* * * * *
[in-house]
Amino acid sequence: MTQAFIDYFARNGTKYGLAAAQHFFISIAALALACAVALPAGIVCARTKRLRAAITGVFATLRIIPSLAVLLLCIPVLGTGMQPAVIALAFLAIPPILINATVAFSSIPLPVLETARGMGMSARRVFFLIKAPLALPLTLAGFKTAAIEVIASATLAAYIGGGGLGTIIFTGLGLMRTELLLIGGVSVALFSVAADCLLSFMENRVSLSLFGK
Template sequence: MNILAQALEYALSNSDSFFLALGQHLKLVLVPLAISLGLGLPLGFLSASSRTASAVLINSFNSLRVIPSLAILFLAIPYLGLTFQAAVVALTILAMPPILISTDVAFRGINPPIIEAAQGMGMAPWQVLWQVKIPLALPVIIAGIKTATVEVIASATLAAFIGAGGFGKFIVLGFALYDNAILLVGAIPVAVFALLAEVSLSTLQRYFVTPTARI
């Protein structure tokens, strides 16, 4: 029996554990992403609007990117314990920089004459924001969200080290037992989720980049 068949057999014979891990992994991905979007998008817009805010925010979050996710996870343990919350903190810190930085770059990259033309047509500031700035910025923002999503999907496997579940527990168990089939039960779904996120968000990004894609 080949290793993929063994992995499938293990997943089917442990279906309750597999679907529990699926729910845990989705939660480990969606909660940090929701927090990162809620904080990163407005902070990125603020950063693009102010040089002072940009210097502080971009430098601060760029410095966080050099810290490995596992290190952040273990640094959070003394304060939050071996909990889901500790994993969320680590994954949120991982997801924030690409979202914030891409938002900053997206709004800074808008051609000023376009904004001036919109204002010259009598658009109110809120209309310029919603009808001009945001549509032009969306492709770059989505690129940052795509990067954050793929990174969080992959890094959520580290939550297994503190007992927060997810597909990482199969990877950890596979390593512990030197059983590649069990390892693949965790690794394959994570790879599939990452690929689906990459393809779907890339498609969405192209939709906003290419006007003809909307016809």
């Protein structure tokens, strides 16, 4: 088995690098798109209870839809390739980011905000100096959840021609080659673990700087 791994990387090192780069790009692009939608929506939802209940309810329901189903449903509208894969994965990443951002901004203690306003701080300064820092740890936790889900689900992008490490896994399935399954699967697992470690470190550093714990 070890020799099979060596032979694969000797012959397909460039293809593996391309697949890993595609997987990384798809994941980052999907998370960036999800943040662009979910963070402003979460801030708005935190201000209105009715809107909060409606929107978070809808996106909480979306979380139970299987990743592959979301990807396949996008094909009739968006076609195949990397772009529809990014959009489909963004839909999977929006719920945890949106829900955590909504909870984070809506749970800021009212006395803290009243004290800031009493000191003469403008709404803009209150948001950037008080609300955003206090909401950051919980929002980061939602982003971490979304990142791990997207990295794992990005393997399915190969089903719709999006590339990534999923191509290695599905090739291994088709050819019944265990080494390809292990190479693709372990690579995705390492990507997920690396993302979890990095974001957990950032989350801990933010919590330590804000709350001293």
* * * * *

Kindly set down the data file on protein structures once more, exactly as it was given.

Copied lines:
[in-house]
Amino acid sequence: MTQAFIDYFARNGTKYGLAAAQHFFISIAALALACAVALPAGIVCARTKRLRAAITGVFATLRIIPSLAVLLLCIPVLGTGMQPAVIALAFLAIPPILINATVAFSSIPLPVLETARGMGMSARRVFFLIKAPLALPLTLAGFKTAAIEVIASATLAAYIGGGGLGTIIFTGLGLMRTELLLIGGVSVALFSVAADCLLSFMENRVSLSLFGK
Template sequence: MNILAQALEYALSNSDSFFLALGQHLKLVLVPLAISLGLGLPLGFLSASSRTASAVLINSFNSLRVIPSLAILFLAIPYLGLTFQAAVVALTILAMPPILISTDVAFRGINPPIIEAAQGMGMAPWQVLWQVKIPLALPVIIAGIKTATVEVIASATLAAFIGAGGFGKFIVLGFALYDNAILLVGAIPVAVFALLAEVSLSTLQRYFVTPTARI
């Protein structure tokens, strides 16, 4: 029996554990992403609007990117314990920089004459924001969200080290037992989720980049 068949057999014979891990992994991905979007998008817009805010925010979050996710996870343990919350903190810190930085770059990259033309047509500031700035910025923002999503999907496997579940527990168990089939039960779904996120968000990004894609 080949290793993929063994992995499938293990997943089917442990279906309750597999679907529990699926729910845990989705939660480990969606909660940090929701927090990162809620904080990163407005902070990125603020950063693009102010040089002072940009210097502080971009430098601060760029410095966080050099810290490995596992290190952040273990640094959070003394304060939050071996909990889901500790994993969320680590994954949120991982997801924030690409979202914030891409938002900053997206709004800074808008051609000023376009904004001036919109204002010259009598658009109110809120209309310029919603009808001009945001549509032009969306492709770059989505690129940052795509990067954050793929990174969080992959890094959520580290939550297994503190007992927060997810597909990482199969990877950890596979390593512990030197059983590649069990390892693949965790690794394959994570790879599939990452690929689906990459393809779907890339498609969405192209939709906003290419006007003809909307016809």
């Protein structure tokens, strides 16, 4: 088995690098798109209870839809390739980011905000100096959840021609080659673990700087 791994990387090192780069790009692009939608929506939802209940309810329901189903449903509208894969994965990443951002901004203690306003701080300064820092740890936790889900689900992008490490896994399935399954699967697992470690470190550093714990 070890020799099979060596032979694969000797012959397909460039293809593996391309697949890993595609997987990384798809994941980052999907998370960036999800943040662009979910963070402003979460801030708005935190201000209105009715809107909060409606929107978070809808996106909480979306979380139970299987990743592959979301990807396949996008094909009739968006076609195949990397772009529809990014959009489909963004839909999977929006719920945890949106829900955590909504909870984070809506749970800021009212006395803290009243004290800031009493000191003469403008709404803009209150948001950037008080609300955003206090909401950051919980929002980061939602982003971490979304990142791990997207990295794992990005393997399915190969089903719709999006590339990534999923191509290695599905090739291994088709050819019944265990080494390809292990190479693709372990690579995705390492990507997920690396993302979890990095974001957990950032989350801990933010919590330590804000709350001293």